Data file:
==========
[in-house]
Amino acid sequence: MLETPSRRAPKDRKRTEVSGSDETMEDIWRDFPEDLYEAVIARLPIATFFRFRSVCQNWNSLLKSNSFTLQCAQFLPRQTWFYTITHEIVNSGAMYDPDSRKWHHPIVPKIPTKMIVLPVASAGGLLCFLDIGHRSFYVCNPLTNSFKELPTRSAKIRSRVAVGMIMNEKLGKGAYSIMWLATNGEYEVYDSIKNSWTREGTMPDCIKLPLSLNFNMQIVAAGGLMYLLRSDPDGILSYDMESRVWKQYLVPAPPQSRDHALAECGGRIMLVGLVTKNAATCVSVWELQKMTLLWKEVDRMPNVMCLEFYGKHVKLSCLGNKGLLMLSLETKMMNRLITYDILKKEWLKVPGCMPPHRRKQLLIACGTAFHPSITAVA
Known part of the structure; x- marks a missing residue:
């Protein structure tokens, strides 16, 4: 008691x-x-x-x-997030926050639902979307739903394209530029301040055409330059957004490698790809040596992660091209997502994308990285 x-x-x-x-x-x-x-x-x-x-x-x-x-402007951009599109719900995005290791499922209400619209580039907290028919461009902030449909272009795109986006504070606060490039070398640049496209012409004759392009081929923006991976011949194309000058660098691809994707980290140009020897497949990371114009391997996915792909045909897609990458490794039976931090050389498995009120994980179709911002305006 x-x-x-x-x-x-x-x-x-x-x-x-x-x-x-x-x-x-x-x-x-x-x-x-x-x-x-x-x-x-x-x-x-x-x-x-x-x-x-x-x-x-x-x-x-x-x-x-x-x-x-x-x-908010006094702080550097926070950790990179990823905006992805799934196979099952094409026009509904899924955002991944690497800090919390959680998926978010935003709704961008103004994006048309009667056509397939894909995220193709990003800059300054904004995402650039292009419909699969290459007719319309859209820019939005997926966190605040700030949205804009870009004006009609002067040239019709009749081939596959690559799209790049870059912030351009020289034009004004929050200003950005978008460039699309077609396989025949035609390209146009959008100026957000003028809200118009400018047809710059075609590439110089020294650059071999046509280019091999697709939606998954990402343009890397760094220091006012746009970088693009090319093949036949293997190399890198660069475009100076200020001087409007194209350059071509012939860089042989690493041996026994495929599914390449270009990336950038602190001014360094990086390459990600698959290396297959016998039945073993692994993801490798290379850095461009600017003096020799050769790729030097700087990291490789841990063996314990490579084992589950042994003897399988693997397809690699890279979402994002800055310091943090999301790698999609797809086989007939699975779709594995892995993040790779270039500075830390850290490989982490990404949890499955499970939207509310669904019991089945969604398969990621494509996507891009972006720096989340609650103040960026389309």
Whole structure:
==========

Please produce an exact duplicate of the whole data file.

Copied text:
[in-house]
Amino acid sequence: MLETPSRRAPKDRKRTEVSGSDETMEDIWRDFPEDLYEAVIARLPIATFFRFRSVCQNWNSLLKSNSFTLQCAQFLPRQTWFYTITHEIVNSGAMYDPDSRKWHHPIVPKIPTKMIVLPVASAGGLLCFLDIGHRSFYVCNPLTNSFKELPTRSAKIRSRVAVGMIMNEKLGKGAYSIMWLATNGEYEVYDSIKNSWTREGTMPDCIKLPLSLNFNMQIVAAGGLMYLLRSDPDGILSYDMESRVWKQYLVPAPPQSRDHALAECGGRIMLVGLVTKNAATCVSVWELQKMTLLWKEVDRMPNVMCLEFYGKHVKLSCLGNKGLLMLSLETKMMNRLITYDILKKEWLKVPGCMPPHRRKQLLIACGTAFHPSITAVA
Known part of the structure; x- marks a missing residue:
């Protein structure tokens, strides 16, 4: 008691x-x-x-x-997030926050639902979307739903394209530029301040055409330059957004490698790809040596992660091209997502994308990285 x-x-x-x-x-x-x-x-x-x-x-x-x-402007951009599109719900995005290791499922209400619209580039907290028919461009902030449909272009795109986006504070606060490039070398640049496209012409004759392009081929923006991976011949194309000058660098691809994707980290140009020897497949990371114009391997996915792909045909897609990458490794039976931090050389498995009120994980179709911002305006 x-x-x-x-x-x-x-x-x-x-x-x-x-x-x-x-x-x-x-x-x-x-x-x-x-x-x-x-x-x-x-x-x-x-x-x-x-x-x-x-x-x-x-x-x-x-x-x-x-x-x-x-x-908010006094702080550097926070950790990179990823905006992805799934196979099952094409026009509904899924955002991944690497800090919390959680998926978010935003709704961008103004994006048309009667056509397939894909995220193709990003800059300054904004995402650039292009419909699969290459007719319309859209820019939005997926966190605040700030949205804009870009004006009609002067040239019709009749081939596959690559799209790049870059912030351009020289034009004004929050200003950005978008460039699309077609396989025949035609390209146009959008100026957000003028809200118009400018047809710059075609590439110089020294650059071999046509280019091999697709939606998954990402343009890397760094220091006012746009970088693009090319093949036949293997190399890198660069475009100076200020001087409007194209350059071509012939860089042989690493041996026994495929599914390449270009990336950038602190001014360094990086390459990600698959290396297959016998039945073993692994993801490798290379850095461009600017003096020799050769790729030097700087990291490789841990063996314990490579084992589950042994003897399988693997397809690699890279979402994002800055310091943090999301790698999609797809086989007939699975779709594995892995993040790779270039500075830390850290490989982490990404949890499955499970939207509310669904019991089945969604398969990621494509996507891009972006720096989340609650103040960026389309």
Whole structure: